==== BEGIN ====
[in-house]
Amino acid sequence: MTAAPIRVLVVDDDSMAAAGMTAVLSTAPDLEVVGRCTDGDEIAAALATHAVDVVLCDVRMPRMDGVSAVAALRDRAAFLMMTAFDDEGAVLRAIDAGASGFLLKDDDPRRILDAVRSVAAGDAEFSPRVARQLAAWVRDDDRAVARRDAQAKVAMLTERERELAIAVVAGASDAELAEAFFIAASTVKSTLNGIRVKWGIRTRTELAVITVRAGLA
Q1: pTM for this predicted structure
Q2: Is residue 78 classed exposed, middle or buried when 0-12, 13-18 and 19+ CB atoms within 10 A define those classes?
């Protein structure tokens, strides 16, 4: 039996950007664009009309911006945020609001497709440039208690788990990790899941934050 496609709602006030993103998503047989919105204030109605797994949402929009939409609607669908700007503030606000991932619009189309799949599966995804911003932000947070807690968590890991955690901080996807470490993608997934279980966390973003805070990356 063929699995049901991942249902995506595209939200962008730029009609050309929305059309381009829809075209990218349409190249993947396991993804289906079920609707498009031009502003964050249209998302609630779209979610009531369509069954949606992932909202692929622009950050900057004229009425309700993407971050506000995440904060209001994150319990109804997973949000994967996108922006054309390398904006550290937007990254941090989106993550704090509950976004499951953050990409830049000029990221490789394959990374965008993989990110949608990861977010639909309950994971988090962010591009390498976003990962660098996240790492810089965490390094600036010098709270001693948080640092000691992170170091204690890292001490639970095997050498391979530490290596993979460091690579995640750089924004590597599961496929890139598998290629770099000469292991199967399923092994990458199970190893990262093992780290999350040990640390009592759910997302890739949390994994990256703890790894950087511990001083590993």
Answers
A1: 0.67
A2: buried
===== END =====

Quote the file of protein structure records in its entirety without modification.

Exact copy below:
[in-house]
Amino acid sequence: MTAAPIRVLVVDDDSMAAAGMTAVLSTAPDLEVVGRCTDGDEIAAALATHAVDVVLCDVRMPRMDGVSAVAALRDRAAFLMMTAFDDEGAVLRAIDAGASGFLLKDDDPRRILDAVRSVAAGDAEFSPRVARQLAAWVRDDDRAVARRDAQAKVAMLTERERELAIAVVAGASDAELAEAFFIAASTVKSTLNGIRVKWGIRTRTELAVITVRAGLA
Q1: pTM for this predicted structure
Q2: Is residue 78 classed exposed, middle or buried when 0-12, 13-18 and 19+ CB atoms within 10 A define those classes?
């Protein structure tokens, strides 16, 4: 039996950007664009009309911006945020609001497709440039208690788990990790899941934050 496609709602006030993103998503047989919105204030109605797994949402929009939409609607669908700007503030606000991932619009189309799949599966995804911003932000947070807690968590890991955690901080996807470490993608997934279980966390973003805070990356 063929699995049901991942249902995506595209939200962008730029009609050309929305059309381009829809075209990218349409190249993947396991993804289906079920609707498009031009502003964050249209998302609630779209979610009531369509069954949606992932909202692929622009950050900057004229009425309700993407971050506000995440904060209001994150319990109804997973949000994967996108922006054309390398904006550290937007990254941090989106993550704090509950976004499951953050990409830049000029990221490789394959990374965008993989990110949608990861977010639909309950994971988090962010591009390498976003990962660098996240790492810089965490390094600036010098709270001693948080640092000691992170170091204690890292001490639970095997050498391979530490290596993979460091690579995640750089924004590597599961496929890139598998290629770099000469292991199967399923092994990458199970190893990262093992780290999350040990640390009592759910997302890739949390994994990256703890790894950087511990001083590993």
Answers
A1: 0.67
A2: buried